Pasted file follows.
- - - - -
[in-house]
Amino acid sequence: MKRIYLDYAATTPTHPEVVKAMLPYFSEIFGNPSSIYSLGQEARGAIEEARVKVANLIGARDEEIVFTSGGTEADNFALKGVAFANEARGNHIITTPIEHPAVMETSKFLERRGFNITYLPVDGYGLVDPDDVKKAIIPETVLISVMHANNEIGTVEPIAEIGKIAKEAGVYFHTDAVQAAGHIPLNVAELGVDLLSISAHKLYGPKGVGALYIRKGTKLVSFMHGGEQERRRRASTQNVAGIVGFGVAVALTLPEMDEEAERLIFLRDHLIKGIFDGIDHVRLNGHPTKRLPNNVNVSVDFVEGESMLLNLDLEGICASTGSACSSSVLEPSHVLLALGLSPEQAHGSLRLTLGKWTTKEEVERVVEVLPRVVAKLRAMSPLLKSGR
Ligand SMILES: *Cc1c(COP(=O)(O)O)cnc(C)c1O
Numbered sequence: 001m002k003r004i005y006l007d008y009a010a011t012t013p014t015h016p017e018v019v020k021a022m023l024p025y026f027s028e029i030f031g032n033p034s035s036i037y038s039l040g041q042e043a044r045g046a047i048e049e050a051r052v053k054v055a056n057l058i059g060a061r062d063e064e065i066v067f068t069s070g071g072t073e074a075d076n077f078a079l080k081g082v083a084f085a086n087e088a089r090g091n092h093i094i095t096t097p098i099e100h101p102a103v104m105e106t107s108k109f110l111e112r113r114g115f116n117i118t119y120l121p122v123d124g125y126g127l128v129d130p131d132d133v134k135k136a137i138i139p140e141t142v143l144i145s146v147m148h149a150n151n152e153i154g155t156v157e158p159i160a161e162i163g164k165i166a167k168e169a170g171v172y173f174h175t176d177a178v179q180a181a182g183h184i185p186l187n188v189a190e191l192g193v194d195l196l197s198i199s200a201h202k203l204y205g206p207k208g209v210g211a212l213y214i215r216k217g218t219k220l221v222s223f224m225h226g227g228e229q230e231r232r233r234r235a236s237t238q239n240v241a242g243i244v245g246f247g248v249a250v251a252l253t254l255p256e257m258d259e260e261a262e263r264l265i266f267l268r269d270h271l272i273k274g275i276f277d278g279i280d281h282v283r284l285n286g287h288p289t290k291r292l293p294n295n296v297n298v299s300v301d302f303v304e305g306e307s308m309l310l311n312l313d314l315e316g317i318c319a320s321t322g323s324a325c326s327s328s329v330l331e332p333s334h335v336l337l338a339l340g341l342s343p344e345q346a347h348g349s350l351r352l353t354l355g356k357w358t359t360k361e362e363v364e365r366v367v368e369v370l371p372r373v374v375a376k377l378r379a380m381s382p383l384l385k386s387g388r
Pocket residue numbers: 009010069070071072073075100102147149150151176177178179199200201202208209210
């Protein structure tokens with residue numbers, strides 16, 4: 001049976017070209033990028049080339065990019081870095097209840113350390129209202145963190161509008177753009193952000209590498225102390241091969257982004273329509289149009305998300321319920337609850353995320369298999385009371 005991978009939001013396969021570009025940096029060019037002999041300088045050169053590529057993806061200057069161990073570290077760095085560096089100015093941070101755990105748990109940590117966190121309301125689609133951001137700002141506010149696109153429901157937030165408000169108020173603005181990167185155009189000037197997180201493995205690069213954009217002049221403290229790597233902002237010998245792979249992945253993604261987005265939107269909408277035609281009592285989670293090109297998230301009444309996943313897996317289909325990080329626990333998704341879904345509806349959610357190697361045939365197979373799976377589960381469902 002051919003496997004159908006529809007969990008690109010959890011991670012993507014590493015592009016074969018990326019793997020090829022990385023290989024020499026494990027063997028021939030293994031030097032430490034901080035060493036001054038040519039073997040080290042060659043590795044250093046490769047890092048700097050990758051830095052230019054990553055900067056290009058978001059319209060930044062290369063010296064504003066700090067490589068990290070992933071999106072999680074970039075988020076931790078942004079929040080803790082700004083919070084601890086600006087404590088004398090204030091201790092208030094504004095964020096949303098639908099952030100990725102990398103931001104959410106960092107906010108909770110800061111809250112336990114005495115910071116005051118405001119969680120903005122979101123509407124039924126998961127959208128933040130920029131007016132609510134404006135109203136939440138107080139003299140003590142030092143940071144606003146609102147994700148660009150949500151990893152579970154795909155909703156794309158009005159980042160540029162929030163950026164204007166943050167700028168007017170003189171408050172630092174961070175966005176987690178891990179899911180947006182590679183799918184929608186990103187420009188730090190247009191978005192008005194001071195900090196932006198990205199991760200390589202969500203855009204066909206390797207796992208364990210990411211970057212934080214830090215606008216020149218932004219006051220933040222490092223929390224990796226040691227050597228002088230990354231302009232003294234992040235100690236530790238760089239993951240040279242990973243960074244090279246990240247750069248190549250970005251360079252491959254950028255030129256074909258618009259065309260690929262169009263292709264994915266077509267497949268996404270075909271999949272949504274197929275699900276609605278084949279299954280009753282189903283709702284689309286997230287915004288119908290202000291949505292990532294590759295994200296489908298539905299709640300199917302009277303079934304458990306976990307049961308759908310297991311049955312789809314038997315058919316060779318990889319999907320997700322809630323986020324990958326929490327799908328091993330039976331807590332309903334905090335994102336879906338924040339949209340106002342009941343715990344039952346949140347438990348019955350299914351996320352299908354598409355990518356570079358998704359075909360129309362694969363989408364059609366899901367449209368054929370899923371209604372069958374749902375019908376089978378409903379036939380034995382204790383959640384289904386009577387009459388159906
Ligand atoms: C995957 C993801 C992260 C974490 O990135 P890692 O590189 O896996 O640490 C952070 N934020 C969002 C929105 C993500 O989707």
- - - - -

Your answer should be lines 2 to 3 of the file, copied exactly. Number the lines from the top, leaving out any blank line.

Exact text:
Amino acid sequence: MKRIYLDYAATTPTHPEVVKAMLPYFSEIFGNPSSIYSLGQEARGAIEEARVKVANLIGARDEEIVFTSGGTEADNFALKGVAFANEARGNHIITTPIEHPAVMETSKFLERRGFNITYLPVDGYGLVDPDDVKKAIIPETVLISVMHANNEIGTVEPIAEIGKIAKEAGVYFHTDAVQAAGHIPLNVAELGVDLLSISAHKLYGPKGVGALYIRKGTKLVSFMHGGEQERRRRASTQNVAGIVGFGVAVALTLPEMDEEAERLIFLRDHLIKGIFDGIDHVRLNGHPTKRLPNNVNVSVDFVEGESMLLNLDLEGICASTGSACSSSVLEPSHVLLALGLSPEQAHGSLRLTLGKWTTKEEVERVVEVLPRVVAKLRAMSPLLKSGR
Ligand SMILES: *Cc1c(COP(=O)(O)O)cnc(C)c1O